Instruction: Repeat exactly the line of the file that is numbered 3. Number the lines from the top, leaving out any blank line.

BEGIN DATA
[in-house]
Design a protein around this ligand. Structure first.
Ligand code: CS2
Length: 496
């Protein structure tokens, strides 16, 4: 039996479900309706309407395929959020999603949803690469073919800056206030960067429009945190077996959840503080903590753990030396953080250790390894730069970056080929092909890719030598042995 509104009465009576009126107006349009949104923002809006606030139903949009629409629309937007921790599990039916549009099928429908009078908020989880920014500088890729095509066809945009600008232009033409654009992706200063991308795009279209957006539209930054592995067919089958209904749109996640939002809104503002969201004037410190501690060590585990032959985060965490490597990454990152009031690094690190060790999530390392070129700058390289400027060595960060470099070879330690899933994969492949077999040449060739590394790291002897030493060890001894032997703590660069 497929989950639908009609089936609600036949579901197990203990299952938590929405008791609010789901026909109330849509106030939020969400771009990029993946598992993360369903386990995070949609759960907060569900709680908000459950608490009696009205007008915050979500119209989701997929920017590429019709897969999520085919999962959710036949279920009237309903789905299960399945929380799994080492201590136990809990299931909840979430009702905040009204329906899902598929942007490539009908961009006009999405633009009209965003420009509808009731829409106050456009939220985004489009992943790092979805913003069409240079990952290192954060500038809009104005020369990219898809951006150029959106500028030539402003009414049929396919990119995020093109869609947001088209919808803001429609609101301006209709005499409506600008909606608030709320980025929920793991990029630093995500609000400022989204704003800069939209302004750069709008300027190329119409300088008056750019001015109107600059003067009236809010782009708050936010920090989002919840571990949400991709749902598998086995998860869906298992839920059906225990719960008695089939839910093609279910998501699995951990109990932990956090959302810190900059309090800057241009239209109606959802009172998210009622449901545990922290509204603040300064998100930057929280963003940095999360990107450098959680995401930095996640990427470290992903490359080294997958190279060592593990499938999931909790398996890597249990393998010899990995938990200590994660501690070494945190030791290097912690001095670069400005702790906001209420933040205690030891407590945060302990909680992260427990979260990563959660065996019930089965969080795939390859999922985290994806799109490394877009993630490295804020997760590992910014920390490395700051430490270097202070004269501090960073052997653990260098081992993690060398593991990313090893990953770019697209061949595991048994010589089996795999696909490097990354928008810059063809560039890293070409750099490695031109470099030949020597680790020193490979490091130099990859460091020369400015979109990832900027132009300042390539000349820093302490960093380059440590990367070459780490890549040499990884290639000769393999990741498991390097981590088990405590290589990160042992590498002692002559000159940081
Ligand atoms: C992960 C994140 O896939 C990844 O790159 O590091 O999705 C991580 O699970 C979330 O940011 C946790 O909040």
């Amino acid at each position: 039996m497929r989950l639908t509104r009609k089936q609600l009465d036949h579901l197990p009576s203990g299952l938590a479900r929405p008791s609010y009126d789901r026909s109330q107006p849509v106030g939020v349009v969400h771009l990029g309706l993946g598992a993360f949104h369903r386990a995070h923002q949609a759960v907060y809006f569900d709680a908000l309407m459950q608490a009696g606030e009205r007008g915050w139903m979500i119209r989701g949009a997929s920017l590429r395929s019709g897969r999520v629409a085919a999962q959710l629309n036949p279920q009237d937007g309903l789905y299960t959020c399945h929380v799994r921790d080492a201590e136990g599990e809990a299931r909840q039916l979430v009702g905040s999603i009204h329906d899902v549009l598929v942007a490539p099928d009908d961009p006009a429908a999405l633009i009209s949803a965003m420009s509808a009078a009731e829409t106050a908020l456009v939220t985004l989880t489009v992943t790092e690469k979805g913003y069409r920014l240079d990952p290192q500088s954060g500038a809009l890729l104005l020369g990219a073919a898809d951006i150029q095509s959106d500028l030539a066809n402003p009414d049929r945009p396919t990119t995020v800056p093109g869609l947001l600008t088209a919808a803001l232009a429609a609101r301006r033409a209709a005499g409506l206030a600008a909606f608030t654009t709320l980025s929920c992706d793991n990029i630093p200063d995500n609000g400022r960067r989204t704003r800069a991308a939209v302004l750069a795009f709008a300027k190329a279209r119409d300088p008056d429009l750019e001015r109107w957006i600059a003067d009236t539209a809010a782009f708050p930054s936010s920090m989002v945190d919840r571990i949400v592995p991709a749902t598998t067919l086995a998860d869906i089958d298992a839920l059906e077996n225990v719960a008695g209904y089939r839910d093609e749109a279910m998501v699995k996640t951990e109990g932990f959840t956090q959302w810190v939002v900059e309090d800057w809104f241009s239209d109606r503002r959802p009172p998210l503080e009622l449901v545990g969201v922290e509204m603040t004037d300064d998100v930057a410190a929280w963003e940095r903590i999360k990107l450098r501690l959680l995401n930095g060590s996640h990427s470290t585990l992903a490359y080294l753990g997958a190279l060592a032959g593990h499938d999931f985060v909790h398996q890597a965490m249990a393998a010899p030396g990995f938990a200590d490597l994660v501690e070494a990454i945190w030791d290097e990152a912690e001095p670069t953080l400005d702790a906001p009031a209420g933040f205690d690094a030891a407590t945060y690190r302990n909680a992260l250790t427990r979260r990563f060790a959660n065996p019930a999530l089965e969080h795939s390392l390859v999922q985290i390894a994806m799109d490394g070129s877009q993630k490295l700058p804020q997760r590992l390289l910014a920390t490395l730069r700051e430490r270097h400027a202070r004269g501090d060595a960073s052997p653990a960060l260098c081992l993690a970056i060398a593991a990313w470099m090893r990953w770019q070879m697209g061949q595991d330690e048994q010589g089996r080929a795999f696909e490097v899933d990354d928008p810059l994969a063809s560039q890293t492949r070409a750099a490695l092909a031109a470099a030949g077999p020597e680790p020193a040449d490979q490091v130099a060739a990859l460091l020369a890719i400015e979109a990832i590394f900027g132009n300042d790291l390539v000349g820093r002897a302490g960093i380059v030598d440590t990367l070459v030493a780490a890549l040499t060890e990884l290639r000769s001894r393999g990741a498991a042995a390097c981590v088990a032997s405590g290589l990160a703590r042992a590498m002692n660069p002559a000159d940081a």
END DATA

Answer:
Ligand code: CS2